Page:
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  • One of the major poets of the San Francisco Renaissance, Joanne Kyger was born in 1934 in Vallejo, CA. After studying at UC Santa Barbara, she moved to San Francisco in 1957, where she became a member of the circle of poets centered around Jack Spicer and Robert Duncan. In 1960, she joined Gary Snyder in Japan and soon traveled to India where, along with Allen Ginsberg and Peter Orlovsky, they met the Dalai Lama—all experiences she has written extensively about. She returned to California in 1964 and published her first book, The Tapestry and the Web, in 1965. In 1969, she settled on the coast north of San Francisco. She has published over 30 books of poetry and prose, including The Japan and India Journals: 1960-1964 (2015), On Time: Poems 2005-2014 (2015), As Ever: Selected Poems (2002), and About Now: Collected Poems (2007), which won the 2008 Josephine Miles Award from PEN Oakland. She taught at Naropa University, The New College of California, and Mills College. In 2006 she was awarded a grant from the Foundation for Contemporary Arts. She passed away in March 2017.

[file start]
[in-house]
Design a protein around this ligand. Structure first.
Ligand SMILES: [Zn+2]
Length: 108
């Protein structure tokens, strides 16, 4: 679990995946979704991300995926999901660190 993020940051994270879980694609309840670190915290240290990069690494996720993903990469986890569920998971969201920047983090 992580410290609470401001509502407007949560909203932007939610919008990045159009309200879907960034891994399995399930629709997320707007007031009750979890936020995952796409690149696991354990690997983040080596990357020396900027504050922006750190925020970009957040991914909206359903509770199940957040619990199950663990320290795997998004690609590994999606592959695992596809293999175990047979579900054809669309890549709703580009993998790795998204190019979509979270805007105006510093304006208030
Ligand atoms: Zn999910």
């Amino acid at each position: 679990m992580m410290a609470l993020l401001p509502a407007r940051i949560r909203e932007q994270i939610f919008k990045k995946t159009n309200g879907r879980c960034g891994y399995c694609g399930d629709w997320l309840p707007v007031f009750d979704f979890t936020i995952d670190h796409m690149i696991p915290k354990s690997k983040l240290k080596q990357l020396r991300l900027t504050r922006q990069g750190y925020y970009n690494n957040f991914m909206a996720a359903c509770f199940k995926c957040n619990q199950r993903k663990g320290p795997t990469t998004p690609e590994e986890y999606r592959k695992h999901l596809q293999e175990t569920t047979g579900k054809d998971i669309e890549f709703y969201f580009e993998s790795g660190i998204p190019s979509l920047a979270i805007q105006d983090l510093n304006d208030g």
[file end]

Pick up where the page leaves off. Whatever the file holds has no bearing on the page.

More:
• Reviews

    Kyger’s aesthetics have been strongly influenced by her affiliation with poets of the Beat generation. How does the Beat tradition play out in the new century? Not through nostalgia or stylistic memorabilia, but an adherence to ethics of resistance, set in motion by Kyger and the poets whose circle she was part of.
    Chicago Tribune

    Kyger never lacks for source material—"‘Everything’ is poetry, animated, kicking its heels.”
    Publishers Weekly

    Kyger beautifully observes her life and times. She's realistic, yet graceful and good-willed, annotating herself, her friends and acquaintances, while definitely saying no to Sartre's dictum, ‘hell is other people.’
    Ed Sanders

    Reviews of books by Joanne Kyger

    There You Are: Interviews, Journals, and Ephemera


  • Audio

    - Reading from On Time and discussion with Steve Heilig at The New School at Commonweal


    To Rearrange the World: A discussion of Philip Whalen’s “Life at Bolinas. The Last of California.” PoemTalk #110 in Jacket2:




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